OF SWEAT AND DISTANCE

Spring 2015 / Issue 97

Shawn Delgado

When I can feel the heat’s weight, I stay sweating as if

this will prove that I work, if not cutting steel

or pushing a cart of hot dogs down the sidewalk

or a broom through an empty elementary school,

 

then at least at being alive. My first choice for cool

is the breeze, and if a trek’s ahead—let’s say

forty furlongs—I choose my own engine,

cooled by beads of brine on my skin and the wind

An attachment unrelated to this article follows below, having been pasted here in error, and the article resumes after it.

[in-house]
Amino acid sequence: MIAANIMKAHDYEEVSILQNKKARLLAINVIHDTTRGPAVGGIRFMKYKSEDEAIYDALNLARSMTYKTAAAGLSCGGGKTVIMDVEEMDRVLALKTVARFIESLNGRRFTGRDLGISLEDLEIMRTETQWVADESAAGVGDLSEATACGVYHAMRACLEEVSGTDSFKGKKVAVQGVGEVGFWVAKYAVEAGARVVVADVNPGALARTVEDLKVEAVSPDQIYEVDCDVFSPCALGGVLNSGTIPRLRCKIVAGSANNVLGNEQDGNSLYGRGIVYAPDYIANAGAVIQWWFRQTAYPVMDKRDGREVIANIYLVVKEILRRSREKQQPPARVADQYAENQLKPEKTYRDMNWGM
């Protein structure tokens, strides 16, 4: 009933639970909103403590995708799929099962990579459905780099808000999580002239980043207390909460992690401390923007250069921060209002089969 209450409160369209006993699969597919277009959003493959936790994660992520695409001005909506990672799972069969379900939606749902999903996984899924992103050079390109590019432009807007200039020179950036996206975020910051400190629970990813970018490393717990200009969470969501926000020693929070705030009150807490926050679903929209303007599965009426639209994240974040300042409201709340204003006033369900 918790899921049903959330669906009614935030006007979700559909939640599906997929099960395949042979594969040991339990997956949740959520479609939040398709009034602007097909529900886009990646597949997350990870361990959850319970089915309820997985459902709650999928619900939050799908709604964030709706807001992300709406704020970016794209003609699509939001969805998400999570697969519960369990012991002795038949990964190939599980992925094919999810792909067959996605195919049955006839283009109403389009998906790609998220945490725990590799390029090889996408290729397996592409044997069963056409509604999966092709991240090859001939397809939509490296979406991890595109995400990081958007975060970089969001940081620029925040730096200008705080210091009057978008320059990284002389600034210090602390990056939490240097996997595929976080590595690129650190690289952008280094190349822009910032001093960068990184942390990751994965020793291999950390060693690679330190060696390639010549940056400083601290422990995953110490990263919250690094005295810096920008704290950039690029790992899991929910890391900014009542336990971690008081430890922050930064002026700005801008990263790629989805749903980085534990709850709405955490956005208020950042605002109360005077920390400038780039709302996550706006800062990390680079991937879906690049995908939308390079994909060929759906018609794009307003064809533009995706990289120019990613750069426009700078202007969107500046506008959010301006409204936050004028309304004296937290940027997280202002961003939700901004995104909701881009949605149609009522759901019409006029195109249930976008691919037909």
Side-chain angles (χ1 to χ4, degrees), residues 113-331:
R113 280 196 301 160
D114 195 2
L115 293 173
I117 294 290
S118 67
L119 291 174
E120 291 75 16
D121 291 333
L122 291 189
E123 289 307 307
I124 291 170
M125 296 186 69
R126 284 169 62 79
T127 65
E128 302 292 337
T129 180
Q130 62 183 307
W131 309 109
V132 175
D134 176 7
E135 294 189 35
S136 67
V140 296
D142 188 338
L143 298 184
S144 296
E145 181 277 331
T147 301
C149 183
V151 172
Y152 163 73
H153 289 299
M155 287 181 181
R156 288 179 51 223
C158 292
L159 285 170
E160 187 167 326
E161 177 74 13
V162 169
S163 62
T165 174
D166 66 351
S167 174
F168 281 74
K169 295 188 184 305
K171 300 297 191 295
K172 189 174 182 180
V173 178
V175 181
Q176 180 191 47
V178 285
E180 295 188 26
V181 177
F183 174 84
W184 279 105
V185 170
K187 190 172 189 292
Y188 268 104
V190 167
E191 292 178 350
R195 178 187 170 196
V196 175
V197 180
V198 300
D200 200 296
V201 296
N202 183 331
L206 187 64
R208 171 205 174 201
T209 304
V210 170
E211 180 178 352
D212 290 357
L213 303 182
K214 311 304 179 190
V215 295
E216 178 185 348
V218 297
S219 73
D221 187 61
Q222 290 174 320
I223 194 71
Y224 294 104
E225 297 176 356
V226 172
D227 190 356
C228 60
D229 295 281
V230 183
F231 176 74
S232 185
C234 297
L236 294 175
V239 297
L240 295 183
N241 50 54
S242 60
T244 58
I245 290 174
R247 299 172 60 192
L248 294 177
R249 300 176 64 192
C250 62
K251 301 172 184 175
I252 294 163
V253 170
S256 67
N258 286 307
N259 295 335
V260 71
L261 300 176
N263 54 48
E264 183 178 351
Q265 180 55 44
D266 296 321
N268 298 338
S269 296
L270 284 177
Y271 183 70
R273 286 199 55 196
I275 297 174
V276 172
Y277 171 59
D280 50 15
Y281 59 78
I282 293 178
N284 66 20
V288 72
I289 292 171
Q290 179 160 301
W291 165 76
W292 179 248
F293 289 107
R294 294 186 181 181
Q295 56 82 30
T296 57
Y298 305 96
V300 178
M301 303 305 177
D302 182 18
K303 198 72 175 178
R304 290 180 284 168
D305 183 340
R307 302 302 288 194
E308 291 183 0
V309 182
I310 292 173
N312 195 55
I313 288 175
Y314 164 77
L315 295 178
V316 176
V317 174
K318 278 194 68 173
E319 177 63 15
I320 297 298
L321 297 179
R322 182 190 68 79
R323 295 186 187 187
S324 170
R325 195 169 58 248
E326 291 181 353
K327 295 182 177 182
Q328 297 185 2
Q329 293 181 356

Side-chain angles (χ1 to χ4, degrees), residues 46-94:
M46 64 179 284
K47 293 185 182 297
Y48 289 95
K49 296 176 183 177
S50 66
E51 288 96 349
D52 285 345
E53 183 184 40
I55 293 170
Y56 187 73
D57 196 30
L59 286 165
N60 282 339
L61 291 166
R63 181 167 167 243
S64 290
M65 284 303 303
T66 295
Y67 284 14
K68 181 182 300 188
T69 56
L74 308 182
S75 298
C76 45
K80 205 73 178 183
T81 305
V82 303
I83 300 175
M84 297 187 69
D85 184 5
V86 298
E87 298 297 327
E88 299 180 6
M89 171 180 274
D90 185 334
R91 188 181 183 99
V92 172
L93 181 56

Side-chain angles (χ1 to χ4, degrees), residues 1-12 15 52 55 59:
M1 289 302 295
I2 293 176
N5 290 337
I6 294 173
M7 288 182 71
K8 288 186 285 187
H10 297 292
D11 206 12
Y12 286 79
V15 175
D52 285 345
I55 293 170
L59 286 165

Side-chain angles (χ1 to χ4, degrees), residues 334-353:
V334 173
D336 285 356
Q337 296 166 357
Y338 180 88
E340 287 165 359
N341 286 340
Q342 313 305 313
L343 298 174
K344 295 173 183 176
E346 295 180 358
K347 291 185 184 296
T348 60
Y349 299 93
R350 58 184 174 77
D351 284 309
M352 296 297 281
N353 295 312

singing in my face while I pedal past traffic.

So far I’ve not been pickled by saline crystals

that barely glint in noontime light.

When I stumble into my neighbors buying fileted trout

 

or a cup of coffee, I avoid the handshake,

apologize through and for my dew,

answer any questions. I lean toward the polite,

though as a body might, I’d prefer a comrade to wrap

 

in the wave of an embrace, an ally to mist with a sea

fighting free of its holding ocean. I believe

that breed of people exists, just a bit rough.

When I meet one, I might see my life as a series of tides, receding

 

now, but rising in the future that will become past.

My sweat will leave a dark patch of moisture, the kind

that allows fallow ground to grow fecund and full without

a mind for tainted or grime, so lush you can’t see the filth.